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Archive for the ‘College’ Category

SOUNDTRACK: OK GO-Tiny Desk Concert #278 (June 3, 2013).

I love OK Go’s music videos.  They are stupendous. I have watched all of them several times.  And yet I can’t remember a single song.  But that doesn’t diminish my appreciation for them.

When NPR was moving offices, they made a “Tiny Desk Concert” of the band proceeding from their old location to the new one.  And in OK Go fashion, they made a great video to go with it.  The music is live (I believe), even though they must have shot the footage hundreds of times.  It’s sort of a stop motion video, except that it’s not single frames but short 2 second clips spliced together.

You can watch as the old office is dismantled, as they walk through the halls to the moving truck.   As they play on the truck in the streets of D.C. and then as they enter the new building.  There are cameos from NPR colleagues: Ari Shapiro, Audie Cornish, David Greene, Guy Raz, Scott Simon, Alix Spiegel, Susan Stamberg and more.  There’s a hilarious moment with Karl Kassel who gives them a dirty look.  And then they march through the offices, the news room and into the new Tiny Desk location where they finish the song.

The song is fun and catchy and even has new lyrics that reference the NPR move.  It has to be seen to be appreciated.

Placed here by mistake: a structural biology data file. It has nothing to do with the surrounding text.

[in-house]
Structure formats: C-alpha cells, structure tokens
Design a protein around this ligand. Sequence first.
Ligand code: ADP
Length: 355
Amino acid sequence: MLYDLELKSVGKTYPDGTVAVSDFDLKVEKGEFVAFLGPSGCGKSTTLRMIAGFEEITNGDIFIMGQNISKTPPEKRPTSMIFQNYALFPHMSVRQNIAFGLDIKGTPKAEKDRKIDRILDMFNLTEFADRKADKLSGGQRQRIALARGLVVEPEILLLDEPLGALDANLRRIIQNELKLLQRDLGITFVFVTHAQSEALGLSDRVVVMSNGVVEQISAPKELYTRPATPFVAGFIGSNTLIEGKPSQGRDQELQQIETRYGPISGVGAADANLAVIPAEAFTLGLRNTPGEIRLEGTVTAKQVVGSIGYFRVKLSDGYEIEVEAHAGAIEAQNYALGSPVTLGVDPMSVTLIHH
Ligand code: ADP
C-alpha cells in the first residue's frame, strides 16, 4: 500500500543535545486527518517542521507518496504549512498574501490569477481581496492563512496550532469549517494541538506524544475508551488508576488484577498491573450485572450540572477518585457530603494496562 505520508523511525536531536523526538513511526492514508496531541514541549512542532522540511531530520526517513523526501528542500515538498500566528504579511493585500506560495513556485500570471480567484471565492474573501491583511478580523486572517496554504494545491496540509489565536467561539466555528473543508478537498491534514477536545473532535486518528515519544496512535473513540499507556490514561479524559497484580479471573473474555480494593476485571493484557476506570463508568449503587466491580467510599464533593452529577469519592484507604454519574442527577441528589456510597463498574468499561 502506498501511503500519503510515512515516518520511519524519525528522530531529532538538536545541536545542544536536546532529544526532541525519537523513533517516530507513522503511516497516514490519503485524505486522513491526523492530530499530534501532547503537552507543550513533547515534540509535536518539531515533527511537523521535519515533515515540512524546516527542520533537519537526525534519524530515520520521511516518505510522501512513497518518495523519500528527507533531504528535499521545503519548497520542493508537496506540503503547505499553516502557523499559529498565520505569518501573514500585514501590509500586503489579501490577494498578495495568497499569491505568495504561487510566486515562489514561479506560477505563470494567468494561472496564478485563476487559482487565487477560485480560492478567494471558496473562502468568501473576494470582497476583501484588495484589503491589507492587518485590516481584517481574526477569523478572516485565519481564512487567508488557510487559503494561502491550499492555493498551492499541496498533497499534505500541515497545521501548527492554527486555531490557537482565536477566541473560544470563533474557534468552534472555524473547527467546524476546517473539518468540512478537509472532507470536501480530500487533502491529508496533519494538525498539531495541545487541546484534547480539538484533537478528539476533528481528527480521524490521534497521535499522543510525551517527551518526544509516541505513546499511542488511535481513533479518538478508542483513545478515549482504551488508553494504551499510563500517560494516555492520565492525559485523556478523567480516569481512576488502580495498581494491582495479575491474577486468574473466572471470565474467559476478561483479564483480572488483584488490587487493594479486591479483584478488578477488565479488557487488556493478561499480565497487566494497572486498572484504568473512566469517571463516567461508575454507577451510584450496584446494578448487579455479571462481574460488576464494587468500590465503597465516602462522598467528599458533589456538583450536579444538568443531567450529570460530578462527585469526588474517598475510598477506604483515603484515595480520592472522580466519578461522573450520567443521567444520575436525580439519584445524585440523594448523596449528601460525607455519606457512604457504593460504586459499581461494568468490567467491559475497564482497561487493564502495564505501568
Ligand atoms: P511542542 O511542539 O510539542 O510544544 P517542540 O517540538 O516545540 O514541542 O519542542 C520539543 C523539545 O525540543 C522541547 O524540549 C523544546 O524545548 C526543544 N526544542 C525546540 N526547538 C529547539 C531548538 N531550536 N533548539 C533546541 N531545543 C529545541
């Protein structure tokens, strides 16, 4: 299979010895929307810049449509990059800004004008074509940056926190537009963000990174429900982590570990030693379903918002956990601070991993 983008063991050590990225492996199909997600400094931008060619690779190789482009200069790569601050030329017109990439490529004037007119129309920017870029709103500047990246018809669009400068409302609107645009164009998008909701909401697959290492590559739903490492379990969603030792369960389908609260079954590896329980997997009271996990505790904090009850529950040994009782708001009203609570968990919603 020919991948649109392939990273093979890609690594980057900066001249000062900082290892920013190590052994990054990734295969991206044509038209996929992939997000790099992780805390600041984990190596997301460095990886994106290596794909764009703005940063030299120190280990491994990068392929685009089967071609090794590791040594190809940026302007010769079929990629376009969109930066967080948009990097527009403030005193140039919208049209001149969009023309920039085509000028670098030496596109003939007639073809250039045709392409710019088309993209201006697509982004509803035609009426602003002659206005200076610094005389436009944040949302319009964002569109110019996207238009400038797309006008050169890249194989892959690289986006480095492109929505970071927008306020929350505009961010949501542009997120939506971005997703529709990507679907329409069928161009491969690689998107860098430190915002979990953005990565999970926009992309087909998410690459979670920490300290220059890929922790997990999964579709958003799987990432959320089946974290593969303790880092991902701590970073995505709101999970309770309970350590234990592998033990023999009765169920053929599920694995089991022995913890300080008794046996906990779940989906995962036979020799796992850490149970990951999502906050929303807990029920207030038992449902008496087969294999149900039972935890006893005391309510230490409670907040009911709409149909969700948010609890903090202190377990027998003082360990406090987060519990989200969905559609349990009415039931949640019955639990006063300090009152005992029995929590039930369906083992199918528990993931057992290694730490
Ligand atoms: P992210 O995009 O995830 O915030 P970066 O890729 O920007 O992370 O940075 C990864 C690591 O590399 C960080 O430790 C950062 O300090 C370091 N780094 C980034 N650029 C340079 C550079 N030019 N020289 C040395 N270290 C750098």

And if you like figures here are some details from the shoot:

  • Number of video takes: 223
  • Number of seconds Carl Kasell spent in the elevator with OK Go: 98
  • Number of times Ari Shapiro played the tubular bells: 15
  • Number of days it took to shoot: 2
  • Number of cameras: 1

Incidentally, NPR and I are out of sync with our counting of Tiny Desk Concerts.  I can’t figure out what happened.  The reason mine is correct is because I have written down every concert and numbered them.  So I feel that for them one doesn’t count?  They say this was number 277.  Someday they’ll read this and we’ll get to the  bottom of everything.

[READ: April 1, 2016] No Mercy Vol. 1

Because of the way books are being handled at my work now, I don’t get to see as many books as I used to. So i was pretty delighted to get this graphic novel on my desk.  Even if I didn’t quite know what it was about, I wanted to read it.  And boy did I enjoy it.

I had no idea that the cast was a group of aspiring Princeton University students on a per-freshman trip to an underprivileged county (I like the t-shirts that say Building Bridges Helping Hands with a kinda Princeton P on the front.

We meet the cast in a cool way–each one steeping forward a bit in the crowd and giving a bit of information about themselves…mostly through text messages. Oh and I loved the way the opening colophon pages looked just like Facebook (or whatever) with a timeline photo and then on the right side–sponsored images with drawings of the author and the illustrators and an ad for an other Image comic by Alex de Campi called Valentine–genius layout idea.